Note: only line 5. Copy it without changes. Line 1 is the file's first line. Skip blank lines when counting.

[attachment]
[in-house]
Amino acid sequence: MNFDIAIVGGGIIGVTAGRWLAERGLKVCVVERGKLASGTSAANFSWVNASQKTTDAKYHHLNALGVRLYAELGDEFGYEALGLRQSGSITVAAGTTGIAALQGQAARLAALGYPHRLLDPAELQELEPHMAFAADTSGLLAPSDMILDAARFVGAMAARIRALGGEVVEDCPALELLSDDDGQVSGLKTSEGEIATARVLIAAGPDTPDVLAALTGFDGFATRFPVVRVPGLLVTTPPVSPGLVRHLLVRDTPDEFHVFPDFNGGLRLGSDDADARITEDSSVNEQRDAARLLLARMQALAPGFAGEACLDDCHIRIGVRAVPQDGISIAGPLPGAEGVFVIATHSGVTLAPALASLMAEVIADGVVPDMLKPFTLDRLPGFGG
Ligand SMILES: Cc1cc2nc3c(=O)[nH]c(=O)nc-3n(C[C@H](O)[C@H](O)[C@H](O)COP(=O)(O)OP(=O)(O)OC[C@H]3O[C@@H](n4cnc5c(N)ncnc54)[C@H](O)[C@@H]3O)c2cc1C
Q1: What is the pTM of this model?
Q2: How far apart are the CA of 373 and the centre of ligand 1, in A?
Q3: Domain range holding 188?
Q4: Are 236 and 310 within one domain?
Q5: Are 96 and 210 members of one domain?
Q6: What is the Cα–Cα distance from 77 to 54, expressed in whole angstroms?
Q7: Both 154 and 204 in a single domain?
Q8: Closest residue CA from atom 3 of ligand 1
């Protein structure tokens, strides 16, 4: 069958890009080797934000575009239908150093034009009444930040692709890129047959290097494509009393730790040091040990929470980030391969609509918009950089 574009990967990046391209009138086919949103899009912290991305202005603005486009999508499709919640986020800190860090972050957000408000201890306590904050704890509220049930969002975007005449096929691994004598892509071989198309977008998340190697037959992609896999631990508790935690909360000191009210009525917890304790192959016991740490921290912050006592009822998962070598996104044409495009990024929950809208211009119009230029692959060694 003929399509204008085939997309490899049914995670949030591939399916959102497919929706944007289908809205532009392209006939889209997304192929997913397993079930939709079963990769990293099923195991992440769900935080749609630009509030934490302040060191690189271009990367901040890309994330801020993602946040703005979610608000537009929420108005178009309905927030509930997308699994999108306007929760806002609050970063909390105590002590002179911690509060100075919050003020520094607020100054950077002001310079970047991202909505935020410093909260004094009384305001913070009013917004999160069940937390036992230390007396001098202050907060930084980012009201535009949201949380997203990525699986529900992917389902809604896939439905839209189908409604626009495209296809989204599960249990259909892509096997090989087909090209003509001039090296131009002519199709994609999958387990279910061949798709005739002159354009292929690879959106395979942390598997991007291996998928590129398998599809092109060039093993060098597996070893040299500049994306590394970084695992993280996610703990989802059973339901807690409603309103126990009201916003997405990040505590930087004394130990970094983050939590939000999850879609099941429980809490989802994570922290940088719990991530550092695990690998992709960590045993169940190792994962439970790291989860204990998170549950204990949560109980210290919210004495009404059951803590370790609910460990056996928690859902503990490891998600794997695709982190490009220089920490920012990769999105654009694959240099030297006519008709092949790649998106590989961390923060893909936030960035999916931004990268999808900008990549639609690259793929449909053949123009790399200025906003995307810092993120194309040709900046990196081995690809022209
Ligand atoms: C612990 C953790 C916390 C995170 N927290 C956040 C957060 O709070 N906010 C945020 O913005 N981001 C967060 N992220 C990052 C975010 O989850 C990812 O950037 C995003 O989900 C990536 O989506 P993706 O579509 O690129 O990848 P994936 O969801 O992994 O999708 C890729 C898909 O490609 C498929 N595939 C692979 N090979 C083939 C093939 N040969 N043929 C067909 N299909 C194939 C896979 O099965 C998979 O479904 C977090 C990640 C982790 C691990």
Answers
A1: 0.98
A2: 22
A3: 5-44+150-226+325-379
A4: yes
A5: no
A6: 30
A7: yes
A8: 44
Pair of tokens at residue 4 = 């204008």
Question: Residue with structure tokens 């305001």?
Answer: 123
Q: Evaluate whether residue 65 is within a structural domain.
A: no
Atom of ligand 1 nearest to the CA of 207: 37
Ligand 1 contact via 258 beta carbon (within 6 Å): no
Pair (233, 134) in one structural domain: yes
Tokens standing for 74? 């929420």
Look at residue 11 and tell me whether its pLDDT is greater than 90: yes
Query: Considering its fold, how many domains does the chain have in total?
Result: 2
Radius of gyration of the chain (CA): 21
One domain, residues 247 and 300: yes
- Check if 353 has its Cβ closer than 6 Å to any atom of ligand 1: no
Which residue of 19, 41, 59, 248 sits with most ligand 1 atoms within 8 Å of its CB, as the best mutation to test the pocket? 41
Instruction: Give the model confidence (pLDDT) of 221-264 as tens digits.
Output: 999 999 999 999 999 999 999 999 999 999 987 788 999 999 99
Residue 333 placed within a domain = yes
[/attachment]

Q2: How far apart are the CA of 373 and the centre of ligand 1, in A?